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How do NFC mobile payments relate to EMV?

The holiday season is upon us, and this year, consumers will be shopping with newer methods of payment. One form that is making a comeback is NFC, or “Near-Field-Communication,” a form of wireless communications that exchanges information between nearby devices. Next year at this time, shoppers using credit cards or bank-issued cards will have EMV chip technology – provided the issuer has met the October 2015 deadline. What does all this mean to merchants? Let’s start by exploring how NFC mobile payments relate to the soon-to-be-implemented EMV technology. There are a lot of similarities, and also some notable differences.

  1. Consumers will have more payment options in the long run.

For consumers, a change in technology can mean more available payment choices. With the introduction of EMV-enabled credit cards as well as NFC mobile devices, merchants across the U.S. are wise to consider upgrading their point-of-sale systems. That’s because NFC and EMV transactions require separate processes; these are different from the standard process used to swipe cards with magnetic strips. It will be up to merchants to decide whether to accommodate these new types of payments. However, once October 2015 rolls around, merchants need to accept EMV chip cards in order to avoid liability in a fraudulent transaction.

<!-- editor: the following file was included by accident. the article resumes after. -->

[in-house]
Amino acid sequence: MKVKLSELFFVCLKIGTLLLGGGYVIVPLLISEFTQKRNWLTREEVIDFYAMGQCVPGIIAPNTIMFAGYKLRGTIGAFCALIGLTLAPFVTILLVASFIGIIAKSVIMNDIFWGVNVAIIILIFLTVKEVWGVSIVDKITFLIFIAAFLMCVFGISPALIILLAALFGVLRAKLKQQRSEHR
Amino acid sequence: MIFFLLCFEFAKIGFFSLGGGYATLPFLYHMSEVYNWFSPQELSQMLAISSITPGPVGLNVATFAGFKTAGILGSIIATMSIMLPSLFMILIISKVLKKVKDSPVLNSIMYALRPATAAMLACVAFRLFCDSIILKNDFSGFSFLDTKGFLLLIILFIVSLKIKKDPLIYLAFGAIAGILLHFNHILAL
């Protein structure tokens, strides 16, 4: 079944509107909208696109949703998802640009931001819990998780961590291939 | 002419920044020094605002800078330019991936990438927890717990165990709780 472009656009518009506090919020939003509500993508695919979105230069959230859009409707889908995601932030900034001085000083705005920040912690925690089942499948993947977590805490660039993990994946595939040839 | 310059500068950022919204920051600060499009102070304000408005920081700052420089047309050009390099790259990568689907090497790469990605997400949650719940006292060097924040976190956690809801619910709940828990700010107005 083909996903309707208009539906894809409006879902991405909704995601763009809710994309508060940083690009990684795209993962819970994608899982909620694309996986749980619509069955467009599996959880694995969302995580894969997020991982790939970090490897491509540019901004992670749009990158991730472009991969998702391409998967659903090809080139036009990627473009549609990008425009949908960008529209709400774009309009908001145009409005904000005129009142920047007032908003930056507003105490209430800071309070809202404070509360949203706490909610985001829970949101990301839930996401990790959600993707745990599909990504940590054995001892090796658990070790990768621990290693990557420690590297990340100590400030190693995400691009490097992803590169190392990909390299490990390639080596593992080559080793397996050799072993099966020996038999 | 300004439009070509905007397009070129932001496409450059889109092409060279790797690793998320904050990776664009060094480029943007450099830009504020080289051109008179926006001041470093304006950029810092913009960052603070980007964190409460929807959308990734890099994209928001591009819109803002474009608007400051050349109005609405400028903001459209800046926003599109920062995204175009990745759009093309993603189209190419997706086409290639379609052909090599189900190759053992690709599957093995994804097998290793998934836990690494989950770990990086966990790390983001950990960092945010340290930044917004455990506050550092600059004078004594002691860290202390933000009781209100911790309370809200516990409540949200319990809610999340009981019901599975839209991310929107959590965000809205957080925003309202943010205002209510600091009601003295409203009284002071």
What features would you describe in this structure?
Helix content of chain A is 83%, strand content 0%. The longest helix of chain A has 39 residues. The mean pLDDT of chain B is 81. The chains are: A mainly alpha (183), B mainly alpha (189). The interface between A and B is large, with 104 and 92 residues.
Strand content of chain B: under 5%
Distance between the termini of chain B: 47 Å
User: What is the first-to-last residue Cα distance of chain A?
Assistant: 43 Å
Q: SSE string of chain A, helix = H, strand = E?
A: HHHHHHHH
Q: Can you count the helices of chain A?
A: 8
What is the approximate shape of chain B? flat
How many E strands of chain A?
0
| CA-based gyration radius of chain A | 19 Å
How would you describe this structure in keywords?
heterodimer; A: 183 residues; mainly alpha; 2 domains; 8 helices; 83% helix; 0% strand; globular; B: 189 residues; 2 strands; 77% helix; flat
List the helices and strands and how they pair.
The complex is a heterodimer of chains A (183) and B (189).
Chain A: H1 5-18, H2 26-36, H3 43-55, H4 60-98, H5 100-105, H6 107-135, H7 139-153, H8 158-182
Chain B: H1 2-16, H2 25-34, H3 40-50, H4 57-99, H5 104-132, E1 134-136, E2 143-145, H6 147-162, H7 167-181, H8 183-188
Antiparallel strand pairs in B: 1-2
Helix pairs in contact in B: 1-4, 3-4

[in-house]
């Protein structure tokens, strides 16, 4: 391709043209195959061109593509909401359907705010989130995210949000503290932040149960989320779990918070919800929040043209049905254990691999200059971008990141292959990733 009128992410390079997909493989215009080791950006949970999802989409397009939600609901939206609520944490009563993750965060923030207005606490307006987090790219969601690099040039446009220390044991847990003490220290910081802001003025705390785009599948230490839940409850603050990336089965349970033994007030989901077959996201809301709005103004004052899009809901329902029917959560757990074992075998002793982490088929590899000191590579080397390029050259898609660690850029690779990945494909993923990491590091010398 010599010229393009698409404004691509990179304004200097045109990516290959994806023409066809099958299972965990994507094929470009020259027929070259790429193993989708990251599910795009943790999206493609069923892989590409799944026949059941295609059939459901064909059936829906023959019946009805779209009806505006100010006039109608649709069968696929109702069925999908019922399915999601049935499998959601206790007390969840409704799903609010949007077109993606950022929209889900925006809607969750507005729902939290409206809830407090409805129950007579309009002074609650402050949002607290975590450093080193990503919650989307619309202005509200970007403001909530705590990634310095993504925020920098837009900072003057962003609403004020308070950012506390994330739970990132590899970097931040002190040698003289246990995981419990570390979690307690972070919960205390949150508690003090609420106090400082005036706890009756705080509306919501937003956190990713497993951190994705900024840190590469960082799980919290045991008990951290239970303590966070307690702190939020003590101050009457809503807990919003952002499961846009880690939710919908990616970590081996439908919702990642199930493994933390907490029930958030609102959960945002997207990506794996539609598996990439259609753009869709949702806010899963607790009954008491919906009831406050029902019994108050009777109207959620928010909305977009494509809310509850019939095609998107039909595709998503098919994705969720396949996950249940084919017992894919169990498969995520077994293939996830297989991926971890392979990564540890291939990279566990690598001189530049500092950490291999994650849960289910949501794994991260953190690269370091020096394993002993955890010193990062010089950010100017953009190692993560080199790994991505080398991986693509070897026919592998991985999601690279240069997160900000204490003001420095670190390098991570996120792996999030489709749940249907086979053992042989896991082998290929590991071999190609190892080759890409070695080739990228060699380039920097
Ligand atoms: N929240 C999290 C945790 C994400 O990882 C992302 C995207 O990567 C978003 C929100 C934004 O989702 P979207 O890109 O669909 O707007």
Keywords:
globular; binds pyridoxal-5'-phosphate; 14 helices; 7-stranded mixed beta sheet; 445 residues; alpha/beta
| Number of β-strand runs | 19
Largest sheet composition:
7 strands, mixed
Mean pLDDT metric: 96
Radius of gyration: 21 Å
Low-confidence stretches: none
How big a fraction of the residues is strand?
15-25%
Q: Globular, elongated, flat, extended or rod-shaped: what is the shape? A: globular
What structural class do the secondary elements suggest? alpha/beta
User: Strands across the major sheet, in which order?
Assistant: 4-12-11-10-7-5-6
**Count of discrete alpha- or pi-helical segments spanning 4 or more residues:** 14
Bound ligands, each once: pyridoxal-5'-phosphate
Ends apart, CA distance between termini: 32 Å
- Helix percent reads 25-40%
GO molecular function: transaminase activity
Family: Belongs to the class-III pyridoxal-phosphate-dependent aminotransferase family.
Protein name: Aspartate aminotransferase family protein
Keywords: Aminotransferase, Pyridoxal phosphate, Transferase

1. EMV and NFC payments provide more secure transactions.

With major security breaches affecting millions, fraud has become a huge concern on a global scale. Both NFC mobile payment and EMV technology parties are working toward a safer, more secure purchasing landscape, on and off the screen. However, unlike individually encrypted transactions enabled by EMV chip cards, NFC mobile payments work with a technology similar to Bluetooth. Essentially, an NFC transaction establishes a radio frequency between two electronic devices in close proximity (hence the term near field). The short proximity makes it difficult for a hacker to snag financial information. Both technologies provide a more secure consumer-merchant experience, especially when compared to the antiquated magnetic strip technology.

  1. Both forms of payment are gaining momentum in the U.S.

While NFC mobile payments have been available to Android users for years, the technology gained much notoriety with the release of Apple’s iPhone 6 and iPhone 6 Plus. This year, NFC-enabled devices are just shy of $20 billion in sales, a tiny dent in what’s projected to hit $189 billion in sales by 2018. Similarly, EMV technology is getting into the hands of consumers and the pace is accelerating. Already, about 30 percent of global transactions are through EMV chip cards. Though the U.S. is one of the last adopters of the technology, banks and card companies are working together to distribute EMV chip cards in hopes of meeting the Liability Shift deadline.

While many questions regarding EMV and NFC remain unanswered, what we do know is that  shoppers are gravitating to more convenient and secure options. For merchants, fraud prevention is key. Right now, less than 10 percent of U.S. retailers are equipped to accept NFC payments. Similarly, nearly 40 percent of merchants also won’t have EMV technology by the end of 2015. While the changes won’t happen overnight, there is a huge opportunity for merchants and consumers to move toward a better, more secure business environment.

 

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